Issa is more concerned about her love life, which is just as stagnant as her professional one. Her longtime boyfriend Lawrence (Jay Ellis) is chronically unemployed, which means he's too broke and too self-pitying to come up with ideas for her birthday. It's hard not to empathize with Lawrence — spitting and spilling coffee during an interview is a living nightmare — but he's basically a terrible boyfriend. He's the kind of boyfriend who doesn't try, or even want to try, but really wants to want to try. Instead of plastering on a smile and soldiering through a night of casual dining and cliché activities, Lawrence insists they stay home and Redbox a movie on the last birthday of Issa's 20s. He means well, and he's awfully cute, but Lawrence is about as exciting as a buckwheat pancake, and just as flat.

Little does Lawrence know he has competition in the form of Daniel (Y'lan Noel), Issa's "what if" crush from way back. In the age of social media, the One That Got Away is never more than an instant message away, so after a few Facebook exchanges, Issa decides to drop in on a spoken-word show in the hopes of "accidentally" running into Daniel. By this time, Issa's best friend Molly (Yvonne Orji) has already been introduced as a hard-working, successful lawyer whose professional success hasn't given her any more leverage in the dating world than Issa has. When Issa and Molly stop by the show, Molly's more conventional beauty quickly draws attention, leaving Issa to wander alone before she finally runs into Daniel. The sparks fly between them, but it's even better that Issa gets a chance to make herself swoon. She hops on stage to freestyle "Broken Pussy," a novelty rap about … well, the title sums it up pretty effectively.

Issa's performance would have been the perfect birthday victory if she hadn't inadvertently offended Molly by referring to the "broken pussy" joke they'd made earlier in a conversation about Molly's spinster lifestyle. The conflict is the perfect window into their relationship. Issa, being insecure and all, will never quite understand what Molly goes through in the dating world. In an early voice-over, Issa says Molly is loved by white people and black people alike, and she's clearly successful, but none of that makes the single life any easier to bear. In her pitch to the children, Issa gets asked a battery of humiliating questions about why she's single. She doesn't know that Molly gets the same questions, just with the emphasis on a different word. Instead of "Why aren't you married yet?" Molly gets "Why aren't you married yet?" It's painful when people seize onto obvious theories about your love live, but it's just as painful for people to scan you for flaws, come up empty, and wind up just as confused as you are.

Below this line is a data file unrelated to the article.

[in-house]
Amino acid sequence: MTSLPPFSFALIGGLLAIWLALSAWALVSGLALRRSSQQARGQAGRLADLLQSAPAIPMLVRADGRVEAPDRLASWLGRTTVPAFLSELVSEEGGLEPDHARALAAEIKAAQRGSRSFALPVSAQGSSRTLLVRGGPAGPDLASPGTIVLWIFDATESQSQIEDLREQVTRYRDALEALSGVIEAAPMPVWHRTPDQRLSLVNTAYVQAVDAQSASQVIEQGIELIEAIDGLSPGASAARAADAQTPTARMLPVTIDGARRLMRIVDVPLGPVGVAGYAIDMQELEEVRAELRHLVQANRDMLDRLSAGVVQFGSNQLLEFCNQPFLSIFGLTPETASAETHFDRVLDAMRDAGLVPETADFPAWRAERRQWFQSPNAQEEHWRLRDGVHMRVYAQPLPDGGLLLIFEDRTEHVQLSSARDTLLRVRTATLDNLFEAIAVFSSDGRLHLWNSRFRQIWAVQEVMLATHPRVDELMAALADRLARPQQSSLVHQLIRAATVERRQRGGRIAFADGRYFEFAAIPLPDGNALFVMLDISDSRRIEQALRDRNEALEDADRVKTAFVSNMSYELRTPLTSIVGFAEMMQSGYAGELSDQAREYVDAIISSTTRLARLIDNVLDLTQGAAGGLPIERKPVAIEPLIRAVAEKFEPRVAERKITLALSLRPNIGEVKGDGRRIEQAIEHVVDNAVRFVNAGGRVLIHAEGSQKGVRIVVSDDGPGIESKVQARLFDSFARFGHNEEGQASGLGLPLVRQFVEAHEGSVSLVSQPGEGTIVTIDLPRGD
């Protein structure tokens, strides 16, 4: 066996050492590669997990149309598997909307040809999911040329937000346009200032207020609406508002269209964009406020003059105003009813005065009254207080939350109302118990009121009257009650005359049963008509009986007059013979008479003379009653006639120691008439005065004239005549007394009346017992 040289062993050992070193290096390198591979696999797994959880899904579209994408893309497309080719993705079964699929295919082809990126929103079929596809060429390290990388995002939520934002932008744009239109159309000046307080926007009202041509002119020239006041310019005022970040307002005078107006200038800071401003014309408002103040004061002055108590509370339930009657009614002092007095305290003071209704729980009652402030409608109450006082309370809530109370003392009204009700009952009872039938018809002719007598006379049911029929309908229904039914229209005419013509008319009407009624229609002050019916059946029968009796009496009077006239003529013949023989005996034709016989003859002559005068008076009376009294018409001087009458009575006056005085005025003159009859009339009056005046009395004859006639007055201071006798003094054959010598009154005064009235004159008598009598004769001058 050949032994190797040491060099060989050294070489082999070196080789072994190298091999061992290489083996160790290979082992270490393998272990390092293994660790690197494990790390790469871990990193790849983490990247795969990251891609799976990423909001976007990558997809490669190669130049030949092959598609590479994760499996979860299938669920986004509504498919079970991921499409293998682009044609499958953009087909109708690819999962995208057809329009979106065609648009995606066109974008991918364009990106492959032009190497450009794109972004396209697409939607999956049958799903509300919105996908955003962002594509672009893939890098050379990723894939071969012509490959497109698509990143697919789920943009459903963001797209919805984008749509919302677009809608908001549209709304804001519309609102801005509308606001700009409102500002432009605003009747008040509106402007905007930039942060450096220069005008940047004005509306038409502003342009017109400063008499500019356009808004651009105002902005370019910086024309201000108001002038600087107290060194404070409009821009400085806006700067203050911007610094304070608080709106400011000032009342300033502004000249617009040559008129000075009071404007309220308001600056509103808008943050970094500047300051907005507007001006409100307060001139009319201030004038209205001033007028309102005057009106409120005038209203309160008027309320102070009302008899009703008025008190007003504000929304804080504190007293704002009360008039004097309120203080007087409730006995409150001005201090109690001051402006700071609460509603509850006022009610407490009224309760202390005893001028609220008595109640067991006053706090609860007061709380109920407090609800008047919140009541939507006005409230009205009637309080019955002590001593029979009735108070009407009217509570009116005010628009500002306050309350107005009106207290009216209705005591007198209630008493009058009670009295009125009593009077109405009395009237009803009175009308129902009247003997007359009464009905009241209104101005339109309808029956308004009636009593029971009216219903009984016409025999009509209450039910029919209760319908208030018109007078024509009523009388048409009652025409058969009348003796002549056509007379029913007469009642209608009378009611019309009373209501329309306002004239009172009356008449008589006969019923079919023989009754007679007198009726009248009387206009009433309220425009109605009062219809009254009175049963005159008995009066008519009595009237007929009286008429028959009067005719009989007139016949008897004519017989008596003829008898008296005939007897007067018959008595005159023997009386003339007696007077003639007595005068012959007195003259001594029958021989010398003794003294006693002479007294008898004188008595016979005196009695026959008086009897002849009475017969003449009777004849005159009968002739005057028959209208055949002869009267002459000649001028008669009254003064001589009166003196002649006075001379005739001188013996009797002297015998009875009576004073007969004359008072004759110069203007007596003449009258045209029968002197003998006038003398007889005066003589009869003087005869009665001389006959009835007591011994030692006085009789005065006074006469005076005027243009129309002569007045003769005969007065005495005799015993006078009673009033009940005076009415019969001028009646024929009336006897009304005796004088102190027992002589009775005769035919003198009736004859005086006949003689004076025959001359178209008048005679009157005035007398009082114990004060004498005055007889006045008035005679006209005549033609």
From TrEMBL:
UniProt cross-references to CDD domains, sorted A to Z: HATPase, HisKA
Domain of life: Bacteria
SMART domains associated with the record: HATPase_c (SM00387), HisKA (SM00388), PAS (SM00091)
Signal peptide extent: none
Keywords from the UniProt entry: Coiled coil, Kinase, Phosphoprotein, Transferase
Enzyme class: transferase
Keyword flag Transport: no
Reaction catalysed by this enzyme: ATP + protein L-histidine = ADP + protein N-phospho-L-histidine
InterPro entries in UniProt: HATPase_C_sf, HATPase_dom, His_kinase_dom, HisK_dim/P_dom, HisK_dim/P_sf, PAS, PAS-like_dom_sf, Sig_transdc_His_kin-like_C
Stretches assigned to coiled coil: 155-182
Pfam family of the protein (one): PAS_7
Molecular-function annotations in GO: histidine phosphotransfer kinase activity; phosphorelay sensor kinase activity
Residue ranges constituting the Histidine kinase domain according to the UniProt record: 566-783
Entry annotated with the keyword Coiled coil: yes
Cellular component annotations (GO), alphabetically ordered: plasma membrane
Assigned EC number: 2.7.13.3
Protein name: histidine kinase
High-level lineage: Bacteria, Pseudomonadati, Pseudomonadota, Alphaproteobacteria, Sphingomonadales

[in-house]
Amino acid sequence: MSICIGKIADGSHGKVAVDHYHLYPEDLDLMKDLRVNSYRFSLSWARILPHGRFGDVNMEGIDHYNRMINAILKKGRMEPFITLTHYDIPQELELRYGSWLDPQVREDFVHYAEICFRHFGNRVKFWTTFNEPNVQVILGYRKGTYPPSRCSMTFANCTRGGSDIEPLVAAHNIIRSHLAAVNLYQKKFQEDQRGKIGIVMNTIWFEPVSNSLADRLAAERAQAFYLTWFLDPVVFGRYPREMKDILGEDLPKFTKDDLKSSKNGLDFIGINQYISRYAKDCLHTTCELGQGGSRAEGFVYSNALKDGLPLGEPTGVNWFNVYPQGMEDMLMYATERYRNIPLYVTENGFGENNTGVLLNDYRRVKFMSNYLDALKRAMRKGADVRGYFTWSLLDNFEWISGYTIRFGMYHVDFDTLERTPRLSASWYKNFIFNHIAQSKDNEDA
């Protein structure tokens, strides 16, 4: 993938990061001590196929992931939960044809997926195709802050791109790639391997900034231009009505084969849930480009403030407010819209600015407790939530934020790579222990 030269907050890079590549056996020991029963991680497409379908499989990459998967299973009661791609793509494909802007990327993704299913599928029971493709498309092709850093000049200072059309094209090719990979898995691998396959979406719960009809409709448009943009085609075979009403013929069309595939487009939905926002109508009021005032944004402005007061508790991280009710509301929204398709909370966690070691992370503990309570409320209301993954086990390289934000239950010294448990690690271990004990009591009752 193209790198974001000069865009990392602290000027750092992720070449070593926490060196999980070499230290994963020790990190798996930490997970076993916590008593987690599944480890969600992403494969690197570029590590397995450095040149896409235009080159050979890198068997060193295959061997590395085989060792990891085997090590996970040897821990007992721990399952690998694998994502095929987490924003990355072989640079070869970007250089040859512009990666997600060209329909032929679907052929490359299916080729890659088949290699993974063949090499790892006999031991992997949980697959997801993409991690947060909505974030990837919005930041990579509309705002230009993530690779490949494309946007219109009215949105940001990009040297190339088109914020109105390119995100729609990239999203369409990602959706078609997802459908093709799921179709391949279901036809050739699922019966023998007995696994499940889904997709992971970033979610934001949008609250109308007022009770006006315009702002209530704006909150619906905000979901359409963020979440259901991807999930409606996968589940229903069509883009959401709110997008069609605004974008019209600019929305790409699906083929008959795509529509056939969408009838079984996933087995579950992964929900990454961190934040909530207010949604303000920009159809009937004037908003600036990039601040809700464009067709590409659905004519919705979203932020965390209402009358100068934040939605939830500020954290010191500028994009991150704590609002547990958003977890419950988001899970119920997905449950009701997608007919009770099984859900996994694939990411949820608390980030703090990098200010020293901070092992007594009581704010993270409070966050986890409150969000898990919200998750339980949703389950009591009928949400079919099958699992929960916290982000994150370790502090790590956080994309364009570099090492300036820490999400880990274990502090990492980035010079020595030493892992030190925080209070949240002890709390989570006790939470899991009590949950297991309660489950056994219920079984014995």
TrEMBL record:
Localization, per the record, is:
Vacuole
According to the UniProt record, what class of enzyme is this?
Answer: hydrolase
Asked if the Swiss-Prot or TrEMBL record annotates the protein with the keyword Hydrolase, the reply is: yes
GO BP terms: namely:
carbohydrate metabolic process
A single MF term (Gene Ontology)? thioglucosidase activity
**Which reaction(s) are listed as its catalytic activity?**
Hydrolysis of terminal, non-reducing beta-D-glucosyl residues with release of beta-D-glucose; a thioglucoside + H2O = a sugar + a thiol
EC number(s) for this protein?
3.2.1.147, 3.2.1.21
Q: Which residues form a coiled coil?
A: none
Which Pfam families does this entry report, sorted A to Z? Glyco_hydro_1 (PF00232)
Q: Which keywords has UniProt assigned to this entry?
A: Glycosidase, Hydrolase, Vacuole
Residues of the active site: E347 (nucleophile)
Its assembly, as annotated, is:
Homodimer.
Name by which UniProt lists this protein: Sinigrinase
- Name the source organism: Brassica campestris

If it wasn't already taken, "Your life's a joke, you're broke, your love life's D.O.A." would be a pretty good summary of Issa's life. Of course, the cultural nuances of Insecure make Issa and Molly's experience different than that of Rachel and Monica, or for that matter, Hannah Horvath and her friends on Girls. When Girls first debuted, series creator Lena Dunham made a point to include a Sex and the City poster in one of the sets, a conspicuous reference to the show that attracted girls like Hannah to New York to pursue the job, the man, and the life of her dreams. After Issa's reunion with Daniel flames out, she shows up at Molly's door with Cheetos and ranch dip, making it incredibly hard to stay mad at her. As they quickly squash their beef, Issa sings the theme song from Girlfriends, the show that was to black girls of a certain age what Sex was to white girls of a certain age. It's a small detail, but one that makes clear Insecure knows exactly what kind of show it wants to be. Awkward it ain't.